In the last couple of years there's been a common theme from a number of great photographers. Kevin Kubota has talked numerous times about the importance of personal projects. Matthew Jordan Smith has shared ideas on how special projects help him stay focused on fine-tuning his creative skills. When I first met Jason Groupp it was because of his "I Heart New York" project. Then, just recently, I heard Scott Kelby speak and he talked about the importance of constant practice to help artists fine-tune their skills and raise the bar on their skill set, no matter how accomplished they might be.
While wandering through Profoto's archives, I ran across this relatively short post about Jonathan Menga. I simply love stuff like this - images where a photographer has a vision and then sets out on a course to capture what's in his mind's eye! It's not work specifically for a client, but just like Kevin, Matthew, Jason and Scott have all shared, this is about pushing the boundaries of creativity and just doing something different.
Jonathan's Twitter description pretty much says it all, referring to himself as an "image therapist". Check out more of Jonathan's work with a visit to his site and follow him on Twitter.
One day when Jonathan Menga was out walking in his neighborhood, he fell upon a baseball park he hadn’t really noticed before. Jonathan’s mind started working. Soon, he had an idea. With a clever use of gelled flashes and smoke machines, he would be able to turn the small park into something else.
A few days later, Jonathan returned with a model, an assistant and a make up artist. In his gear bag was two Profoto Acute2 packs, two Acute/D4 Heads, a speedlight, a Softlight Reflector and a bunch of colored gels.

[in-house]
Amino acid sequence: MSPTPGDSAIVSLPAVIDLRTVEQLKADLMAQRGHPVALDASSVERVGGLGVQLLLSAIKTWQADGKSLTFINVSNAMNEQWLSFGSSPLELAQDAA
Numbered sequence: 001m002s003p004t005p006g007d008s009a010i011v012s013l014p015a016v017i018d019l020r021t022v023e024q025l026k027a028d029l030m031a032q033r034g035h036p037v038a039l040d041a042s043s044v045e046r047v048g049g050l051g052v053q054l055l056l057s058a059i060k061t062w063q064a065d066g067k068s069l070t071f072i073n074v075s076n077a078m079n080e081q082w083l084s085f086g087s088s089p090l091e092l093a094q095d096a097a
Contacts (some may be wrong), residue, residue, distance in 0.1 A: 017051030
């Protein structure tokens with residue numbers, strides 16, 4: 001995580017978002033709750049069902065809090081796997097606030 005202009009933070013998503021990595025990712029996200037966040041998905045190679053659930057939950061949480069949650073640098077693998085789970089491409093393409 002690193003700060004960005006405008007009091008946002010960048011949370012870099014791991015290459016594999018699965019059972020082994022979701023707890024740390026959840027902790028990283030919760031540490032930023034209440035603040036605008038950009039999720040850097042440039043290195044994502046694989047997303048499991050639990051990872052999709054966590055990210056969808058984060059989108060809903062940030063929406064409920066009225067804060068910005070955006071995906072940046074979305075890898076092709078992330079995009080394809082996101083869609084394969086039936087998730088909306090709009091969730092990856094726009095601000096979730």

“I wanted these forest photoshoot images to have some sort of mood to them and give off a story,” writes Jonathan on his blog.
Jonathan had some help from the weather conditions. It was a cloudy day and the trees were dark. The mood was further enhanced by the gelled flashes and the smoke machine that Jonathan had brought.
“I wanted to create a scene flooded with smoke to give it a little mystery. It was lit with 3 lights, a YoungNuo speedlight, a Profoto Acute/D4 Head and another one in a silver beauty dish. On camera left, my assistant held the speedlight up high and further within the woods while on the opposite side, I had the Acute/D4 Head on the stand and much closer to the model. This light was specifically placed behind the tree to create a light splash while defining the smoke.
I used multiple coloured tiny smoke bombs that created rapid smoke burst,but didn’t last as long as I had hoped. Therefore, I had to use about 6 of them in different places and combined them in post later on. I used the beauty dish on camera left, slightly feathering the model. Shooting lights through trees created a very mystical mood, and by shutting down a bit of the ambient light, it really gave it a night look.”
Head over to Jonathan’s blog for the full story, including lighting breakdowns for the images below.